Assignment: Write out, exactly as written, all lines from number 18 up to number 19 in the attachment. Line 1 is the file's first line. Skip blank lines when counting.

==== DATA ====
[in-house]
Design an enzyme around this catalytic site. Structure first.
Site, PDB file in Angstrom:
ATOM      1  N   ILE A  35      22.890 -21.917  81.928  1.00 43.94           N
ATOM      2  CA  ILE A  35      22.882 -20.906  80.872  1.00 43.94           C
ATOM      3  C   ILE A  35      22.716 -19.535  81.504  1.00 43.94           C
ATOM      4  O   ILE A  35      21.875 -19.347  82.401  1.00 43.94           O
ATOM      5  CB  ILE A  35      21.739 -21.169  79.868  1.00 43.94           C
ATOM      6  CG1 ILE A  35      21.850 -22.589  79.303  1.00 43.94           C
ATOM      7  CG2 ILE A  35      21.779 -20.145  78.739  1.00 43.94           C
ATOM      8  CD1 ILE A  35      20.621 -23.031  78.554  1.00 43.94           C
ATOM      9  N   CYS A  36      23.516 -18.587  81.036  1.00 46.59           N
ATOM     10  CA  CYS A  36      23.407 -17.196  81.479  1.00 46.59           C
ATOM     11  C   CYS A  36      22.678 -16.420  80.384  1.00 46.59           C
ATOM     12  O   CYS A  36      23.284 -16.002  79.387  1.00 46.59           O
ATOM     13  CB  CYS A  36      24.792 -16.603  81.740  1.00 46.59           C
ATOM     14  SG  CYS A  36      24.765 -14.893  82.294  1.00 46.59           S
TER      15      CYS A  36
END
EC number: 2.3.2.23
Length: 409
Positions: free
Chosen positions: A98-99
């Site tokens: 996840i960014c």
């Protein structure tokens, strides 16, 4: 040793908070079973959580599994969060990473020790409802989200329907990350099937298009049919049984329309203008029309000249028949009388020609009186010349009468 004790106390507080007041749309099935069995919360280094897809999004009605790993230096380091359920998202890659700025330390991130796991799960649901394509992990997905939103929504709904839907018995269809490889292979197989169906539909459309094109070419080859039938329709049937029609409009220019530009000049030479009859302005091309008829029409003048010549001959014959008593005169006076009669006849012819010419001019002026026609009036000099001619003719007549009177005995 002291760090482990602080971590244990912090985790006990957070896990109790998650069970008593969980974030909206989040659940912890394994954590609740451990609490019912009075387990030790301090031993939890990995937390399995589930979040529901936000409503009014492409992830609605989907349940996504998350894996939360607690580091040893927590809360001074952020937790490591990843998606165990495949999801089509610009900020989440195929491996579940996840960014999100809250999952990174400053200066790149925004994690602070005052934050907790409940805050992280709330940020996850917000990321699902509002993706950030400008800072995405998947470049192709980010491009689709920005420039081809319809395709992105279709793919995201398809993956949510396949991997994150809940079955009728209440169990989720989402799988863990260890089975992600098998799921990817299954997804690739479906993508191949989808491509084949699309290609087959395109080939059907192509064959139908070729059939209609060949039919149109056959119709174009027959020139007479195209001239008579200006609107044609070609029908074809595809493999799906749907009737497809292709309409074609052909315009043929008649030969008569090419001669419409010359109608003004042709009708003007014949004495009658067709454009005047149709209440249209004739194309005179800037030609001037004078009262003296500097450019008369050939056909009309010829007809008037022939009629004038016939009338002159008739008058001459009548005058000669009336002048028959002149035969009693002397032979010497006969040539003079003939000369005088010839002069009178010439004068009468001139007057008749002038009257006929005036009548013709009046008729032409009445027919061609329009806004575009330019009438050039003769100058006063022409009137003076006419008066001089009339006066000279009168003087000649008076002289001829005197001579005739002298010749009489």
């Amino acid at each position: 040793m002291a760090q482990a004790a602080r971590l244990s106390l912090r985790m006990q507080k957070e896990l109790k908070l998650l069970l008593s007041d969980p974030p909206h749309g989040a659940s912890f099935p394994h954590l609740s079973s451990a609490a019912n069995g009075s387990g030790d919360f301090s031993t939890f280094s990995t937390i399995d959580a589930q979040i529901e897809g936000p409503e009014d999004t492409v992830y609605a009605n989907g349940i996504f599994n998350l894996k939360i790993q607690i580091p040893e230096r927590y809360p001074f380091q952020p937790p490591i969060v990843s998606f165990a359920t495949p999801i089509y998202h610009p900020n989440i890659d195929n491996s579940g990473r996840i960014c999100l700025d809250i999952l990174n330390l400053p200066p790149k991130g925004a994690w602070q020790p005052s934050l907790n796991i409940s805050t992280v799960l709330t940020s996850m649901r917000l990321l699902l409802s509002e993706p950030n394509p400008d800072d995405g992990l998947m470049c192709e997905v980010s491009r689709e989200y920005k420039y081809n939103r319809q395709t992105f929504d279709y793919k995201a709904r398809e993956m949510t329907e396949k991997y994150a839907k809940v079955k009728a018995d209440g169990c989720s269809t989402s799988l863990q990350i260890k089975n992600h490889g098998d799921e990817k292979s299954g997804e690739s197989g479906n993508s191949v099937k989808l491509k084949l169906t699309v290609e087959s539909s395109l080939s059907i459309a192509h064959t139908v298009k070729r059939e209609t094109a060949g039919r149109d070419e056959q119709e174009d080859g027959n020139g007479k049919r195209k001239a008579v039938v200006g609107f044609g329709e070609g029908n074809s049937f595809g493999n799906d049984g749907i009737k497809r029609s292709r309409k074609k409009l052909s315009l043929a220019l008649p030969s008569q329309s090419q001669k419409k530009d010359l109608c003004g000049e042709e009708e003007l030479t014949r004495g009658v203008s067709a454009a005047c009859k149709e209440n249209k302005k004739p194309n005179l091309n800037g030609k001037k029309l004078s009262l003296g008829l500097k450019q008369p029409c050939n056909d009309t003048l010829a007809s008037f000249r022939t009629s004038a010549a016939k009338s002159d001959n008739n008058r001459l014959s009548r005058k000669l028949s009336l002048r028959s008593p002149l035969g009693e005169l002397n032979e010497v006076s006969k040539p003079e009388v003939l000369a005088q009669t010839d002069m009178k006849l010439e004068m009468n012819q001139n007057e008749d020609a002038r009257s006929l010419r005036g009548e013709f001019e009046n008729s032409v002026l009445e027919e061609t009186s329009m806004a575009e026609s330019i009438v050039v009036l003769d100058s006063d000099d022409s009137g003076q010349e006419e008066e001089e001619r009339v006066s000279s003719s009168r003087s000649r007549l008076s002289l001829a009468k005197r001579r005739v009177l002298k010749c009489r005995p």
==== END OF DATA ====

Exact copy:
TER      15      CYS A  36
END